Nevada is launching small business and startup accelerators in Reno and Las Vegas as part of efforts to bolster entrepreneurship in the state while improving access to capital.
Gov. Steve Sisolak announced the creation of the Gener8tor Reno and Gener8tor Las Vegas accelerators on Tuesday afternoon at a joint cross-state event with Mayor Carolyn Goodman in Las Vegas and Mayor Hillary Schieve in Reno.
The programs, which are being done in partnership with Madison, Wisconsin-based venture capital firm and accelerator Gener8tor, will help ensure that Nevada has a pipeline of startups based within the Silver State through “home-grown innovation,” according to Sisolak.
More:Reno area startups raise a record $1.4 billion in funding
“Today is an important day where we recognize a one- to two-person company with a dream … is just as important to our Nevada economy,” Sisolak said.
In addition to helping diversify Nevada’s economic development system, the accelerators in Las Vegas and Reno will also “provide a pathway for more businesses owned by founders from disadvantaged backgrounds to access the capital and mentorship needed to level the playing field,” Sisolak added.
Organically grown entrepreneurial growth is equally important as bringing in big companies, said Mike Kazmierski, president and CEO of the Economic Development Authority of Western Nevada. Home-grown companies tend to stay in the area that they are from, which especially pays dividends when the companies see great success.
“Great entrepreneurs aren’t always small,” Kazmierski said. “Sometimes their ideas take a while to get traction but they grow into great companies and that’s what we’re always looking for moving forward.”
The Reno and Las Vegas Gener8tors will partner with the Nevada State Small Business Credit Initiative to accelerate and invest in at least 10 small businesses and startups each year. Companies that earn a spot in the accelerator will receive $100,000 in funding from the Gener8tor and Nevada State Small Business Credit Initiative. In addition to capital, the program will also provide participating companies help with mentorship, growth planning, investor pitches and finding customers.
Social equality and access will be a big part of the program, according to Joe Kirgues and Troy Vosseller, Gener8tor co-founders. The company says it will focus on “investing across race, place and gender along with a national network of companies, investors and relationships to Nevada to incentivize companies to start here, hire here, and stay here.”
Vosseller says the focus will be on the next 10, 20 or 100 fantastic companies that will grow in Nevada and lift the state in the process. The same is true, whether it’s in Las Vegas or Reno, Kirgues added.
“We’re really looking at companies as a catalyst for growth, not only for their own sake but also …  for Reno,” Kirgues said.
Startups play an increasing role in Reno, which saw the sector raise a record $1.4 billion in external funding in 2021 — 15 times the amount it raised in the previous year.
Schieve described the arrival of the Gene8tor accelerator as a reflection of Reno’s growth.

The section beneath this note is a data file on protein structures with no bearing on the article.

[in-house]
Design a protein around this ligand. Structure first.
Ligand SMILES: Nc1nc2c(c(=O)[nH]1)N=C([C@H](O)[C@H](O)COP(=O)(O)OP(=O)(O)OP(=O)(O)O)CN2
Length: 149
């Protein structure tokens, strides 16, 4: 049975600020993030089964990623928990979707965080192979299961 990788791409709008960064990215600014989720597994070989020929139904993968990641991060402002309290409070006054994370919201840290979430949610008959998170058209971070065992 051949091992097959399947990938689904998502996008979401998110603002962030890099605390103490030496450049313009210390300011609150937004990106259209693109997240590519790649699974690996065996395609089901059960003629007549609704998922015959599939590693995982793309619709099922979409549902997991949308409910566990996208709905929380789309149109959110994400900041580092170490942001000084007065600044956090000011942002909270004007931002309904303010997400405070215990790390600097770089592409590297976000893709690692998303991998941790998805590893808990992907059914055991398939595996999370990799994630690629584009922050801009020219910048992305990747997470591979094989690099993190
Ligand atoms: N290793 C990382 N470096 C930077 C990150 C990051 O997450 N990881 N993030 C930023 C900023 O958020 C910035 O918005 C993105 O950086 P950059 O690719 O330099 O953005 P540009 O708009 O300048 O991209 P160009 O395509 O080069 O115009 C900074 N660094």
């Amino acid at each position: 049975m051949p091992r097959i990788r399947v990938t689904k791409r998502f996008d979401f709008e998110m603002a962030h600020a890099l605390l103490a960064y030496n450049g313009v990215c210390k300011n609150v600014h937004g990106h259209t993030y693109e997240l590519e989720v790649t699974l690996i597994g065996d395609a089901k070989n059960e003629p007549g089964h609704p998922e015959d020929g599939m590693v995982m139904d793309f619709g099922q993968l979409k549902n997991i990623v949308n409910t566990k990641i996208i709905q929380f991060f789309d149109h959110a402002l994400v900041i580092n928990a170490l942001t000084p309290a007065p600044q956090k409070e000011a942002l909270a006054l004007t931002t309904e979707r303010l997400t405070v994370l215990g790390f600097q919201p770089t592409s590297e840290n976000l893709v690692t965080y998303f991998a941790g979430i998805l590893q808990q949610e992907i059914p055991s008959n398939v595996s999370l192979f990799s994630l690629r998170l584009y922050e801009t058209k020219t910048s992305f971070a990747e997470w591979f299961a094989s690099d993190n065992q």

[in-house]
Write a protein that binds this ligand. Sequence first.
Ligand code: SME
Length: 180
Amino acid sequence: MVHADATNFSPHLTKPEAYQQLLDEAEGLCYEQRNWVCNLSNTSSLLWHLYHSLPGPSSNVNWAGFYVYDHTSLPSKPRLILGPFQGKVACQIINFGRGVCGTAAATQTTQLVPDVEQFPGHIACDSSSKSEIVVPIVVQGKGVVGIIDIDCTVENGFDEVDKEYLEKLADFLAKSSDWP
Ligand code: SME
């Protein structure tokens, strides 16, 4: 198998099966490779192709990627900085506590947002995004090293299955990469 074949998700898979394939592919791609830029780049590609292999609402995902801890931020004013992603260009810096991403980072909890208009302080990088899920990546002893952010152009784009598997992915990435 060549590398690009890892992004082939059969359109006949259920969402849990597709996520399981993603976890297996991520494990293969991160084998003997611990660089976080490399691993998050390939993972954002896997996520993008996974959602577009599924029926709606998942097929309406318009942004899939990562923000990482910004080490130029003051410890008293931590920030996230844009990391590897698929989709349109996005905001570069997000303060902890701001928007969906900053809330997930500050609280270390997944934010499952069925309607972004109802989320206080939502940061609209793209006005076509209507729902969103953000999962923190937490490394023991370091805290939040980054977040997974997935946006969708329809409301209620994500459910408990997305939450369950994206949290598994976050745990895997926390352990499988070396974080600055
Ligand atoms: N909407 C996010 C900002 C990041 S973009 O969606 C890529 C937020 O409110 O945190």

“Today’s announcement that a top-ranked accelerator will be investing in and accelerating companies in Reno shows the world what our community has known for a while,” Schieve said “Reno has arrived, and we will welcome the innovators and those with a dream who want to start their businesses here.”
Nurturing startups is especially important for Las Vegas, which was hit especially hard by the pandemic due to a higher reliance on gaming and tourism. Reno, for example, has recovered faster from the impact of COVID-19 due to its more diversified economy.
“Las Vegas has more than 1,200 startups, and they are critical to the present and future of our city’s economy,” Goodman said.
The Governor’s Office of Economic Development called accelerators a key component of any region’s entrepreneurial ecosystem. 
Accelerators have been tied to employment growth, as well as an 85% reduction in the failure rate for businesses due to the resources and expertise they provide, according to the agency. The Gener8tor alone has helped create 8,000 jobs and raise $1.2 billion in total funding through its participants.
The Reno and Las Vegas accelerators should also benefit from federal funding that the Nevada State Small Business Credit Initiative is currently applying for, according to Karsten Heise, GOED’s administrator for the SSBCI program.
“The emphasis will be on equitable access to capital as innovation is everywhere, but equal opportunity is not and Gener8tor is an ideal partner in this endeavor,” Heise said.
Reno’s housing affordability crisis also came up at the event, especially as it relates to any potential growth that can come up from it. Schieve responded that housing is a challenging problem that is not unique to Reno. The city, however, is looking at all options available, whether it be zoning, assisted dwelling units or public-private partnerships.
Kazmierski echoed Schieve’s comments.
“Housing is an issue across the entire country,” Kazmierksi said. “I can tell you there is a concerted effort to address that issue as a community.”
Jason Hidalgo covers business and technology for the Reno Gazette Journal, and also reviews the latest video games. Follow him on Twitter @jasonhidalgo. Like this content? Support local journalism with an RGJ digital subscription.

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